“Atlas—How to Carry the World on One’s Back?”

View of “Atlas—How to Carry the World on One’s Back?,” 2010, Museo Nacional Centro de Arte Reina Sofía, Madrid. Background: Reconstructed panels from Aby Warburg’s “Mnemosyne Atlas,” 1924–29. Foreground: Anonymous Roman statue of Atlas, ca. 49 BC. Photo: Joaquín Cortés/Román Lores.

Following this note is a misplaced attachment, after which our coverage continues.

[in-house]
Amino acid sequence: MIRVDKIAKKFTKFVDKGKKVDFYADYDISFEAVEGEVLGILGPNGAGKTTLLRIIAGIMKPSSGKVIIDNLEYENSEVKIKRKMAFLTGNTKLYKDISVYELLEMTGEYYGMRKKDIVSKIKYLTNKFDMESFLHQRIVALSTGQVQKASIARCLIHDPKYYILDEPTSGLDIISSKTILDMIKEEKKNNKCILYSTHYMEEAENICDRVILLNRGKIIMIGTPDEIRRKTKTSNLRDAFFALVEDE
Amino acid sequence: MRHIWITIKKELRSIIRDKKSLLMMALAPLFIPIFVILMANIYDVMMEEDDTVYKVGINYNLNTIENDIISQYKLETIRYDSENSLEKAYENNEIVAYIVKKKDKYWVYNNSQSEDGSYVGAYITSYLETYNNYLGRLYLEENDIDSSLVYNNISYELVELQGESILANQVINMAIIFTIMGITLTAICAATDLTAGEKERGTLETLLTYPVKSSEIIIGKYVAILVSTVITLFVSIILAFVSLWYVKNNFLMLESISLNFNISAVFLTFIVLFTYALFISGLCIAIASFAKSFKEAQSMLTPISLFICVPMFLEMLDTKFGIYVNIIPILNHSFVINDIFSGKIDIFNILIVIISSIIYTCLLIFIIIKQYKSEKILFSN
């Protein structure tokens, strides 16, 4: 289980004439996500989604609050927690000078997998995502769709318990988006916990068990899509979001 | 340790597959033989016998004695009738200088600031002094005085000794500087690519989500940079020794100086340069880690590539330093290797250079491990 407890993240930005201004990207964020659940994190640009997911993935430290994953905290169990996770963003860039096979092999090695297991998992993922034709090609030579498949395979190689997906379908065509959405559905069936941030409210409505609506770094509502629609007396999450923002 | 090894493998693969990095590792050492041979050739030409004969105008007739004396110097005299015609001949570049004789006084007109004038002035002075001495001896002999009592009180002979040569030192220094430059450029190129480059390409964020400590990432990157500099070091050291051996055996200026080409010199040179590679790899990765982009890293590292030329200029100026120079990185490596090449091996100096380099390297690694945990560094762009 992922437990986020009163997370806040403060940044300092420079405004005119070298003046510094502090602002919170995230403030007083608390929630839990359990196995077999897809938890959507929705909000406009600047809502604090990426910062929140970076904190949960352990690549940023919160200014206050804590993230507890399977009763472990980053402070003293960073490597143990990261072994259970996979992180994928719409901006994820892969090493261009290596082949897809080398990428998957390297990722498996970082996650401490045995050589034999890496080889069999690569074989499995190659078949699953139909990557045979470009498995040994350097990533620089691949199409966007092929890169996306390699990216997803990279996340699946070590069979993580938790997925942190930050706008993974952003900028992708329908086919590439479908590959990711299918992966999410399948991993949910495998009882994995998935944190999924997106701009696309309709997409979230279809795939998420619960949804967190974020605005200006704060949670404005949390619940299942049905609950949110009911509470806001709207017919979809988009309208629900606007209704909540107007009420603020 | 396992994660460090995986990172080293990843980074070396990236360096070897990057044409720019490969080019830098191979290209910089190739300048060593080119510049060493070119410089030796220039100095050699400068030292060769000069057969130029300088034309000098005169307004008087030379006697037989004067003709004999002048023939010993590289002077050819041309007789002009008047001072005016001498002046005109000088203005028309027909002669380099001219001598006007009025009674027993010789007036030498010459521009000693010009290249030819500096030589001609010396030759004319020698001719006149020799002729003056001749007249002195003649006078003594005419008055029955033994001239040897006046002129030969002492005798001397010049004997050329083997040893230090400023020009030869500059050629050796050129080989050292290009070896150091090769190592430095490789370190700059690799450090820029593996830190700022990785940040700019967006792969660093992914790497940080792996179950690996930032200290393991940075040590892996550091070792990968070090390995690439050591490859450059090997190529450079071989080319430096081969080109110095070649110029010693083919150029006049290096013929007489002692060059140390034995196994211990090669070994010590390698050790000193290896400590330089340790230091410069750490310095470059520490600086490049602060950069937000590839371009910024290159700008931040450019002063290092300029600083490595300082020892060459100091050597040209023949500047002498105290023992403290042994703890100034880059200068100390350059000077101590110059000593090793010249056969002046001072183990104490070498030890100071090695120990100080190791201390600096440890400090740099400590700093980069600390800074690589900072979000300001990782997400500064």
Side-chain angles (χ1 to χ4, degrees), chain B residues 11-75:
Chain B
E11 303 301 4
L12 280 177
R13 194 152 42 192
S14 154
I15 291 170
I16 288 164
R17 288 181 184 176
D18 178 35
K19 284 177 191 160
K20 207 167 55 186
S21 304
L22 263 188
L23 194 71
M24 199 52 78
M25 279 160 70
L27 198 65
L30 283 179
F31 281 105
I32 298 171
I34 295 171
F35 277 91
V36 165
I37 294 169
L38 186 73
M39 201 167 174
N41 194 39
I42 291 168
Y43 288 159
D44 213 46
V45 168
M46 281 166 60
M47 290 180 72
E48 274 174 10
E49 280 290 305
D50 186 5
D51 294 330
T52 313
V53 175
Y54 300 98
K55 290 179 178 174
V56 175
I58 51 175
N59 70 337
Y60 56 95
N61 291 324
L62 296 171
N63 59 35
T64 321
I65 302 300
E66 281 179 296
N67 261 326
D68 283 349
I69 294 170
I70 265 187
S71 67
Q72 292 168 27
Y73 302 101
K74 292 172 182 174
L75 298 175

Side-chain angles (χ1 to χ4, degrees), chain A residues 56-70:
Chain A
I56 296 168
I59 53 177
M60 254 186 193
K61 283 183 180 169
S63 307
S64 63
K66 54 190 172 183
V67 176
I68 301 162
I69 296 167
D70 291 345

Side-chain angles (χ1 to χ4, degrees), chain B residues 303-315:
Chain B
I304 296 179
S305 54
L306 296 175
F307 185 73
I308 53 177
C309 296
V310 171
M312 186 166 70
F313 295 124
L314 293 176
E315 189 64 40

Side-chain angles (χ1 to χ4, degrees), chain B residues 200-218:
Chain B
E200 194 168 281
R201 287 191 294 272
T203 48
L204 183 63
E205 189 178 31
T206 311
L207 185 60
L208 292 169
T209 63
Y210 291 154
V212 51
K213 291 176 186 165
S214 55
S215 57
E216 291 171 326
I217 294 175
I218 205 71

LONG FABLED as the father of iconology—indeed, of modern art history—Aby Warburg has of late assumed the role of its crazy uncle. In contradistinction to the plodding, fact-finding, tamed iconography that followed in his wake in the early twentieth century, in recent years Warburg has been revalorized as advancing a radical anachronism, discontinuity, and antipositivist turn in the understanding of images and objects. A leading figure in this revival is Georges Didi-Huberman, who in 2002 published a major study of the visionary German art historian and is a curator of one of the past year’s most curious and fascinating exhibitions: “Atlas—How to Carry the World on One’s Back?,” which premiered at Madrid’s Museo Nacional Centro de Arte Reina Sofía and then traveled to the ZKM in Karlsruhe, Germany, where I saw it this summer. (It is currently on view at the Sammlung

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